• Snapshot in Time: 1967-1968 (19:15) provides historical background and analysis of the Vietnam War, in particular the year leading up to the Tet Offensive and the repercussions of that military victory on the political aspect of the war.
  • Creating the ‘Nam (12:04) provides history of the production, from development to filming on location, and the challenges faced throughout. Includes interviews with Charlie Sheen, Editor Claire Simpson, Production Designer Bruno Rubeo and Producer Arnold Kopelson.
  • Raw Wounds: The Legacy of Platoon (17:18) examines the affect the film had on Vietnam Veterans in particular and the American public in general. Includes interviews with combat veterans sharing their initial reactions to the film.


One War Many Stories (25:32, SD) features veterans relating their stories after a special screening of the film, with Oliver Stone sharing his own experiences in a separate interview. Dale Dye stated in the previous documentary there will never be a definitive history of the Vietnam War given the length of the conflict and the number of individuals who served. "One War Many Stories" illustrates this point as the group of veterans share common but sometimes disparate experiences. This is a straightforward, but deeply moving piece that gives viewers a chance to hear directly from those who were there.

"Preparing for ‘Nam” Documentary (6:36, SD) includes interviews with Vietnam War veterans talking about their military experiences.

Caputo and the 7th Fleet (1:38, SD) is a brief interview of author Philip Caputo, who wrote "A Rumor of War," sharing his experience evacuating from Saigon at the end of the war.

Dye Training Method (3:23, SD) features the military advisor describing the boot camp experience at Warriors, Inc.

Gordon Gekko (1:06, SD) is an anecdote from Editor Claire Simpson about how "Wall Street's" Gordon Gekko got his name.

Television Spots: Three 30-second commercials for the film.

Theatrical Trailer (1:44, HD)

DVD contains the feature presented in 1.85:1 anamorphic video and 448 kbps Dolby Digital 5.1 audio. There is also a Dolby Digital 2.0 Spanish language track and subtitle options of French and Spanish. The theatrical trailer is also included.
 

Recap

The Feature: 5/5
Video Quality: 4/5
Audio Quality: 3.5/5
Special Features: 4/5
Overall Score (not an average): 4.5/5


MGM Home Entertainment turns in a great presentation of Oliver Stone's deeply personal Vietnam War combat film. The special features package omits the hour-long making-of documentary from 2001, which is unfortunate considering this Blu-ray release could have easily been the definitive edition for the title. Nevertheless, the release's noticeably improved video and audio quality make it worthy of a purchase.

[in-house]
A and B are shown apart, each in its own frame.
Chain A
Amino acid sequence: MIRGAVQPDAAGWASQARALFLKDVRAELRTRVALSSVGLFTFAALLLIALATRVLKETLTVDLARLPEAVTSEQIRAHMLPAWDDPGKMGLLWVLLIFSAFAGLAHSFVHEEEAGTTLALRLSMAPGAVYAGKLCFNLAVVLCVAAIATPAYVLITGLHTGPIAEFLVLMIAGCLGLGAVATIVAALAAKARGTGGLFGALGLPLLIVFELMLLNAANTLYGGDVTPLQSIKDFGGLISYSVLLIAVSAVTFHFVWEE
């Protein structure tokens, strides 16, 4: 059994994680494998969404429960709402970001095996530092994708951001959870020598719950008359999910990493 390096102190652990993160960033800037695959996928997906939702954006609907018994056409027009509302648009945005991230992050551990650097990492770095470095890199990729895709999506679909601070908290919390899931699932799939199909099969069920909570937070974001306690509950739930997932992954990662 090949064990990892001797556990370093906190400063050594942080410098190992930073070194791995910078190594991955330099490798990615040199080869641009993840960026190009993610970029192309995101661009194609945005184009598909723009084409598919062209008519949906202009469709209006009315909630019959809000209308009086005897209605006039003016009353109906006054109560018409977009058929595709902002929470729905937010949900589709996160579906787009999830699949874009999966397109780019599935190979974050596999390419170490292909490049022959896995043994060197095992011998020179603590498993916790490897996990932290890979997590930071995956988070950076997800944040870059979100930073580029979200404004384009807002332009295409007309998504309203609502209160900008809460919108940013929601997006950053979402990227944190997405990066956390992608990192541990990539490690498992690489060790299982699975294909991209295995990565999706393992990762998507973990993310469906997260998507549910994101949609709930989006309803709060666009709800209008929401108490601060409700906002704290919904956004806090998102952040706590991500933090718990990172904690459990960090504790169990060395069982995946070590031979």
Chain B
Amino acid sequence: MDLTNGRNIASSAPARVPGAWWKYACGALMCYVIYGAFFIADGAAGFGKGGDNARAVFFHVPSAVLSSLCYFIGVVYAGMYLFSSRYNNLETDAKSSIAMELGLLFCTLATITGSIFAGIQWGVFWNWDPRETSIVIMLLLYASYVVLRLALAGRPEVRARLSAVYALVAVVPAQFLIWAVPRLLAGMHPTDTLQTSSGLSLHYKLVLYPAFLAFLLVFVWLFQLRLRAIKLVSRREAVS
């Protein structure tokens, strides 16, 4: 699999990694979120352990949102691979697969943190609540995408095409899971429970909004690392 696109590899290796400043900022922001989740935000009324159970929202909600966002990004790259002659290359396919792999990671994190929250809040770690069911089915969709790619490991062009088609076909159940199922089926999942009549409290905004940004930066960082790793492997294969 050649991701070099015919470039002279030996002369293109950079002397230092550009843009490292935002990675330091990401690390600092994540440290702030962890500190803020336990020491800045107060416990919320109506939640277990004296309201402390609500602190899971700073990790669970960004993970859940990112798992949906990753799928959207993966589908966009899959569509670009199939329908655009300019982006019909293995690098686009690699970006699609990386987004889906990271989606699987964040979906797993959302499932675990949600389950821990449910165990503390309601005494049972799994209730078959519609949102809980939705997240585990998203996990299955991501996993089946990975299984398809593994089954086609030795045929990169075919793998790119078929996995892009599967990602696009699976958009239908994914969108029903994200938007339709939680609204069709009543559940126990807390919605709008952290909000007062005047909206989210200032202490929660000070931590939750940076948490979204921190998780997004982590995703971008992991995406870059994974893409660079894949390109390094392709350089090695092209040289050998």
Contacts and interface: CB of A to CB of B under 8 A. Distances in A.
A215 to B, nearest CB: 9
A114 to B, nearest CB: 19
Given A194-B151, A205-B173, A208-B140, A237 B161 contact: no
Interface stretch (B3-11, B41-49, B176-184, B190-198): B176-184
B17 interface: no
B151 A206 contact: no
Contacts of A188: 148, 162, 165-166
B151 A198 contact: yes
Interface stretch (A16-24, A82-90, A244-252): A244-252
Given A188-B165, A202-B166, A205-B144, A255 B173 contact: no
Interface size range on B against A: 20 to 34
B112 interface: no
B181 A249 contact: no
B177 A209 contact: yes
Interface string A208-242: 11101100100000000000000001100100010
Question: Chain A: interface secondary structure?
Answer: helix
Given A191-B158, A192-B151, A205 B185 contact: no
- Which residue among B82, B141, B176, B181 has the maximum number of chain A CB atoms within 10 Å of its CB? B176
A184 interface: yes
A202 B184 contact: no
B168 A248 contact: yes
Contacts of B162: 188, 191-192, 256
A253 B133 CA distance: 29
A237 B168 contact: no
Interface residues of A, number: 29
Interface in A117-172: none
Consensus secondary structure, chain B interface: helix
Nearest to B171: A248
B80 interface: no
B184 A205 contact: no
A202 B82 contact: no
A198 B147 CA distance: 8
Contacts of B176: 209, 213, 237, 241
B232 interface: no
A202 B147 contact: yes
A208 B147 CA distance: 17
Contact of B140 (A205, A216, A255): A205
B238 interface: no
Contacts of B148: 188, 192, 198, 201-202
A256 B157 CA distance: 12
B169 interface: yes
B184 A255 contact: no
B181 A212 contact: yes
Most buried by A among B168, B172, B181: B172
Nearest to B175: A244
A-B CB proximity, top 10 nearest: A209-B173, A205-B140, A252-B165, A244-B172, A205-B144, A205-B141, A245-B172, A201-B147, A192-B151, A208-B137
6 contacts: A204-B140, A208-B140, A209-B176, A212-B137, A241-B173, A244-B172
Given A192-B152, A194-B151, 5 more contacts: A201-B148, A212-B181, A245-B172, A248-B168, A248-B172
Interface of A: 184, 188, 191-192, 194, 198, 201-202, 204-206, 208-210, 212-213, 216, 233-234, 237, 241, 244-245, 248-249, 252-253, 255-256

#2 of 16 OFFLINE   Robert Crawford

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Posted May 20 2011 - 04:35 AM

Thank you for your fine review as I eagerly await my copy. I had a feeling that some of the night scenes would be a problem, but I think it's more to do with the source material than anything else. Crawdaddy

#3 of 16 OFFLINE   ManW_TheUncool

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Posted May 20 2011 - 06:15 AM

Interesting.  I never got around to upgrading to the 2006 CE DVD, but I still have the original non-16x9 Live DVD (that people went nuts over on eBay when it originally went OOP) and the 2001 SE DVD.  Both of them have the Tour of the Inferno doc that's missing here though only my SE DVD has the missing stills gallery.  Not sure I really care about the missing stills that much since they're just in SD quality anyway.  Maybe I can just keep that original non-16x9 DVD (both for the doc and as a conversation piece ) and sell off the SE DVD (and/or maybe the barebones DVD that's included in the combo pack). Sounds like a good release other than the missing doc -- maybe they just figured people who'd care would already own some version w/ the doc (like 2 in my case) and have no desire to give them the ability to sell off all their DVD copies on top of the barebones one included here. BTW, is the included barebones DVD from the circa 2001 barebones release (that came out around the same time as the 2001 SE) or a new remastered version?  Is it dual layer?  Guess it doesn't really matter to me since I'd probably only want to keep one of my old versions w/ the doc included. Anyway, thanks for the fine review, Cameron. _Man_

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#4 of 16 OFFLINE   Cameron Yee

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Posted May 20 2011 - 08:18 AM

The transfer looks the same as the previous DVD edition with the gate weave in the titles and dust and sparkle, so I'm guessing it's the 2001 DVD. The disc is also dual layer.

BTW, is the included barebones DVD from the circa 2001 barebones release (that came out around the same time as the 2001 SE) or a new remastered version?  Is it dual layer?  Guess it doesn't really matter to me since I'd probably only want to keep one of my old versions w/ the doc included.




#5 of 16 OFFLINE   Cinescott

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Posted May 23 2011 - 07:11 AM

I'll be getting this one from Amazon tomorrow. Since I do have the "Inferno" documentary on DVD, I'll probably just swap that disc for the DVD that will be in the case and call it complete. Platoon will be very nice to have on Blu-ray. I too remember the day when this was an OOP DVD (which I still have). It's a pretty gripping, well-acted movie that seems to get overlooked a lot these days. A great script and some very convincing acting creates a lot of replay value for me. Oliver Stone put a lot on the screen for the "smallish" budget he had to work with.